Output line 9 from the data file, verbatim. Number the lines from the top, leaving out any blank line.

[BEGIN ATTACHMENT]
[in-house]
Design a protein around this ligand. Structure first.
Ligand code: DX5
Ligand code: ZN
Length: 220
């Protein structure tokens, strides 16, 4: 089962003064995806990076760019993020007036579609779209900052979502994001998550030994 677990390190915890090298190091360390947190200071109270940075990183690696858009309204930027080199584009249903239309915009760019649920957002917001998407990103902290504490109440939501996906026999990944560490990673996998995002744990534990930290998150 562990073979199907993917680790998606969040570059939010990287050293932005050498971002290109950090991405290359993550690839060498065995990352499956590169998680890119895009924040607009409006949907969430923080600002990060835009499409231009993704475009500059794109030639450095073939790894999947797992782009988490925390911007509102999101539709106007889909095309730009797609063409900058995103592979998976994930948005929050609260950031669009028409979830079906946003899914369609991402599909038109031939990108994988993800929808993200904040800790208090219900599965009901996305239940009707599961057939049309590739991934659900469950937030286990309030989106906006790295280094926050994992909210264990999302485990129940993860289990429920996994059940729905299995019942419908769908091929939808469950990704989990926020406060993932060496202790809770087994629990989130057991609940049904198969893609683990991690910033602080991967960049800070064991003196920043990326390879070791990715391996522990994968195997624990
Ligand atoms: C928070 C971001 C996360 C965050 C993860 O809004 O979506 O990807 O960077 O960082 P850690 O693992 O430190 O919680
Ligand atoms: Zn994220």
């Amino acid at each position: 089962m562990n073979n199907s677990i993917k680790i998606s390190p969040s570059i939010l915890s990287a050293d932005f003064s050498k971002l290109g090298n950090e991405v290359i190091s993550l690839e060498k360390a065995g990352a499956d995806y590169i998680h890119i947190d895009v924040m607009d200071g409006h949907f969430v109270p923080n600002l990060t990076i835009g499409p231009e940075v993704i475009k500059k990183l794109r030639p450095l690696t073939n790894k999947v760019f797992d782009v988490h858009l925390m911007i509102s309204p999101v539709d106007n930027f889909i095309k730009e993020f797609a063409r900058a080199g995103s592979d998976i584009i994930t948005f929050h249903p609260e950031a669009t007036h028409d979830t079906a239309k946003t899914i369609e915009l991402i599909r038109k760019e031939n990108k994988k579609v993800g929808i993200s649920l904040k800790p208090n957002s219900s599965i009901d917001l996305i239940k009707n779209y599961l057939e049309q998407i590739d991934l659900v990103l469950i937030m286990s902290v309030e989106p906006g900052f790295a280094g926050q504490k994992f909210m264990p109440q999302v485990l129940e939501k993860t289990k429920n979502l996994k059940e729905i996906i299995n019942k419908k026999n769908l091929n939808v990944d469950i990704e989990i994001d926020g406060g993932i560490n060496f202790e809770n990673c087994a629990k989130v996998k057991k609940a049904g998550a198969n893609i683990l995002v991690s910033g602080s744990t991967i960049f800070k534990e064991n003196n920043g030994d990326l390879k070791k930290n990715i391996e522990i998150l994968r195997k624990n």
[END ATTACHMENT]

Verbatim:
């Amino acid at each position: 089962m562990n073979n199907s677990i993917k680790i998606s390190p969040s570059i939010l915890s990287a050293d932005f003064s050498k971002l290109g090298n950090e991405v290359i190091s993550l690839e060498k360390a065995g990352a499956d995806y590169i998680h890119i947190d895009v924040m607009d200071g409006h949907f969430v109270p923080n600002l990060t990076i835009g499409p231009e940075v993704i475009k500059k990183l794109r030639p450095l690696t073939n790894k999947v760019f797992d782009v988490h858009l925390m911007i509102s309204p999101v539709d106007n930027f889909i095309k730009e993020f797609a063409r900058a080199g995103s592979d998976i584009i994930t948005f929050h249903p609260e950031a669009t007036h028409d979830t079906a239309k946003t899914i369609e915009l991402i599909r038109k760019e031939n990108k994988k579609v993800g929808i993200s649920l904040k800790p208090n957002s219900s599965i009901d917001l996305i239940k009707n779209y599961l057939e049309q998407i590739d991934l659900v990103l469950i937030m286990s902290v309030e989106p906006g900052f790295a280094g926050q504490k994992f909210m264990p109440q999302v485990l129940e939501k993860t289990k429920n979502l996994k059940e729905i996906i299995n019942k419908k026999n769908l091929n939808v990944d469950i990704e989990i994001d926020g406060g993932i560490n060496f202790e809770n990673c087994a629990k989130v996998k057991k609940a049904g998550a198969n893609i683990l995002v991690s910033g602080s744990t991967i960049f800070k534990e064991n003196n920043g030994d990326l390879k070791k930290n990715i391996e522990i998150l994968r195997k624990n």